There are manzanitas growing near the water and some scrubby pines on the rise and in spring, chocolate lilies and death camas. The scent of yarrow. Snakes, turtles.

For the past few summers, I haven’t done much swimming. By the time the sun is high and it’s hot, the lake is so busy. The prospect of finding a place among the others on the shore is daunting. John goes every day, late afternoon, and has a favourite place away from the beach. He swims off some rocks. But I like to ease into the water (I never learned to dive) and I’d rather stay home.

But last week I thought, Why not swim early? And why not? All winter we swam in the local pool, in part to deal with some side-effects of the health crisis I faced last fall (autoimmune stuff going on in one knee), and I loved being in the water again. Loved the buoyancy, the lightness of being, the opportunity for long meditative thinking as I swam lengths in the warm water. So after the first round of watering, after the tomato plants have been given their drink, and the roses too, we head down to the park. No more hardhack right at the shore. No more mint. But also a kind of blessed quiet. No self-respecting jet-boater is up before 9.  We enter the green water and listen to crows overhead. This morning there were a few people camping in the parking lot. A motorhome. A van. A small pick-up truck with a tent in the back. Two motorcycles with a pup tent between them. As we walked down to the beach, a guy was standing by the water. His entire body was tattooed. He told us how beautiful the lake was, that he was going to go swimming, and that he and his partner had arrived too late for the campsite at Klein Lake so they came back to the park and put their tent up by their bikes. I knew John was remembering his own first glimpse of Ruby Lake, in the early 1970s, with a girlfriend— they also arrived on motorbikes after dark and camped in a clearing off the highway. When they woke the next morning, they saw the lake below them. He never forgot its beauty. That’s why we’re here.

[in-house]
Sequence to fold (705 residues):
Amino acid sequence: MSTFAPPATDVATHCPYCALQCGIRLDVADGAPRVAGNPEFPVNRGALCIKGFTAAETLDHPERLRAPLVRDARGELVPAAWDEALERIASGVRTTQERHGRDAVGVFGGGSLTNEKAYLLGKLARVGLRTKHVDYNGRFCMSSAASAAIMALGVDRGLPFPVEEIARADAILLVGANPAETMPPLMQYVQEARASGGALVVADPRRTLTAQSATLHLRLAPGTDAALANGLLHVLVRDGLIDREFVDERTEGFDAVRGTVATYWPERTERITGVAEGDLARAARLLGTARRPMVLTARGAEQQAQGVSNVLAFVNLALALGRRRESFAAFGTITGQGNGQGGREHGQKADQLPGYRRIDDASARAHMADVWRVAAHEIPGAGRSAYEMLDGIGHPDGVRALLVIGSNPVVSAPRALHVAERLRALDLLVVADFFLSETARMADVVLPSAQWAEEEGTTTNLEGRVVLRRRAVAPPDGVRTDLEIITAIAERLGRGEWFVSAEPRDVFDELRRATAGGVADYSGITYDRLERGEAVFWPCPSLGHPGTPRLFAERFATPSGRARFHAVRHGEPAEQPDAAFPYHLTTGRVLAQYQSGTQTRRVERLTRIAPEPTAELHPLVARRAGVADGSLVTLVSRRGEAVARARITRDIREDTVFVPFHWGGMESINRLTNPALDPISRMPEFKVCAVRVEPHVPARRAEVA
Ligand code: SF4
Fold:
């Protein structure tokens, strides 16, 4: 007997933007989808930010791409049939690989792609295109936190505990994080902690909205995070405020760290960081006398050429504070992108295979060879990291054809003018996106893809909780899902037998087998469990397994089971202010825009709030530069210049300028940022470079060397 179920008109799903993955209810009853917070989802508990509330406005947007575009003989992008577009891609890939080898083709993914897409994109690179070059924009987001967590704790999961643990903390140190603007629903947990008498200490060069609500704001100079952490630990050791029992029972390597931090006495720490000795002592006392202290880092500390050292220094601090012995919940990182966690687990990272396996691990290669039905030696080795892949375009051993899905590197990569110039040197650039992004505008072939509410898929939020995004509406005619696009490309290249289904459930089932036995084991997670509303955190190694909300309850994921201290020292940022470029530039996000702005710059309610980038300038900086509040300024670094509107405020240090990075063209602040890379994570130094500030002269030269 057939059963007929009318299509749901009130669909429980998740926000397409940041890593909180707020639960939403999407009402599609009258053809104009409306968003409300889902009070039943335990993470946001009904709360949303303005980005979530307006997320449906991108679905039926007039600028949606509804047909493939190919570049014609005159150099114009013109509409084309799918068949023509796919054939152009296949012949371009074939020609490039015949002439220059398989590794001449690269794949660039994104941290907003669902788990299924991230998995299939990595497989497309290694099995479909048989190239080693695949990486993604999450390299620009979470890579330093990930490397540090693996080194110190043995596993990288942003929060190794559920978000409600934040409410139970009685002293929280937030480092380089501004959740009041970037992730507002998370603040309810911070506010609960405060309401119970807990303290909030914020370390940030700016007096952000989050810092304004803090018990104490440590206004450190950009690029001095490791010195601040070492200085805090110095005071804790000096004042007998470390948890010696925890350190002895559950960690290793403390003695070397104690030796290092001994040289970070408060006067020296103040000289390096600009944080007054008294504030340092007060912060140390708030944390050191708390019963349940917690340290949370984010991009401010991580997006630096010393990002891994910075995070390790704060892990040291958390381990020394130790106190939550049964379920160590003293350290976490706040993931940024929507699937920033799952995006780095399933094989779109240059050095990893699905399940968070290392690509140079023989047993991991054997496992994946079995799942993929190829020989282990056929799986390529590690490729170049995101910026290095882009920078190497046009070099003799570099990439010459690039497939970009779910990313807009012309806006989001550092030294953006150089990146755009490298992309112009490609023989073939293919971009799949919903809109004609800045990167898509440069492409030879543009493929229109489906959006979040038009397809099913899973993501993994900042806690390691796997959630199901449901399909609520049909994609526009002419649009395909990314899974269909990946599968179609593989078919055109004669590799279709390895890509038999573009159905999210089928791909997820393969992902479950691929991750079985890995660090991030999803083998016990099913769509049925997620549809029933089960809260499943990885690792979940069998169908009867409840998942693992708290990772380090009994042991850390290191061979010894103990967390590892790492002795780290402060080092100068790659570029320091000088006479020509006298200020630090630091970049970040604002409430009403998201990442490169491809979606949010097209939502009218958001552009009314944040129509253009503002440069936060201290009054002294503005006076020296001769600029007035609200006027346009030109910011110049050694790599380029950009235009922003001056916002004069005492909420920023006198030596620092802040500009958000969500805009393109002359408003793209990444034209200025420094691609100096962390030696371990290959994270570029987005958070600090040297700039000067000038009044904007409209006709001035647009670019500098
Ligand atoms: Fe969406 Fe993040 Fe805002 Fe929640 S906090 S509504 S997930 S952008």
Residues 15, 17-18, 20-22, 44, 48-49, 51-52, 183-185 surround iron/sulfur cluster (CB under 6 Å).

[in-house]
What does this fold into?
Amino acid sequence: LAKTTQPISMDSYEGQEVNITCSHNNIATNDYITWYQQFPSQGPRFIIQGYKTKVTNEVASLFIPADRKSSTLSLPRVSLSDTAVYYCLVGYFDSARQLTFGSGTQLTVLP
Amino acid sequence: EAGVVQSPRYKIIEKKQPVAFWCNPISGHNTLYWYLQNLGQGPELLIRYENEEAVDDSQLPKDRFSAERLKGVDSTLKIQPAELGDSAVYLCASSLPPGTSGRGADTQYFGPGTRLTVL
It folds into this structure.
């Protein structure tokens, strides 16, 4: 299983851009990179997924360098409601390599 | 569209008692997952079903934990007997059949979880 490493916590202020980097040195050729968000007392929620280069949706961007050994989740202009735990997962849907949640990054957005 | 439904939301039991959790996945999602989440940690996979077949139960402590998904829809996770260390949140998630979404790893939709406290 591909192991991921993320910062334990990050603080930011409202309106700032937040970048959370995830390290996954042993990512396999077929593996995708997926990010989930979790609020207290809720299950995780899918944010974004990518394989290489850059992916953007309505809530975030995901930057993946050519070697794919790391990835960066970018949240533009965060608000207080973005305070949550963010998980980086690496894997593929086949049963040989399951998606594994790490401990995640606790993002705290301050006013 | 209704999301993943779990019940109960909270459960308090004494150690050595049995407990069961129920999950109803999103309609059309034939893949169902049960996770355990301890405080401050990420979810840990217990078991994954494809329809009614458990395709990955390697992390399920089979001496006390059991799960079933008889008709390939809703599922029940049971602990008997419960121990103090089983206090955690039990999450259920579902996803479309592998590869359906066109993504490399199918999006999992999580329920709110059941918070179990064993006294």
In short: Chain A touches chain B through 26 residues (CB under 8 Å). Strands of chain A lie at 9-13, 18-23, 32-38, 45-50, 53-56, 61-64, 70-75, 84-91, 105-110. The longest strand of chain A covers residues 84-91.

In a few weeks, some of the kids (and one grandson) will arrive for a week. They spend as much time in the water as they can. There will be towels everywhere, and the smell of wet hair. I can’t wait.

How long can a girl dive before her father accords her a perfect score, how many times can a boy circumnavigate the island with the throttle on low? Another practises the dead man’s float. Three years, or six. Drift on a raft under the low-growing spirea and bog laurel, count turtles on logs, crush a few leaves of wild mint in your hands while the years accumulate. Nine years, or twelve. ( from “Love Song”)

postcard 3.jpg

in any way possible

new dawn

This morning I was up early, just before 5, to work on the corrections of Euclid’s Orchard. Before I got out of bed, I heard the dawn chorus begin, the sound coming in the window as it does every year. I wrote about this in my essay “Love Song”, included in The Summer Book, which had one of its launches yesterday at the Sylvia Hotel in Vancouver, an event I’d loved to have participated in but we’re leaving tomorrow morning for 10 days in Ottawa so I couldn’t get away so soon before our departure.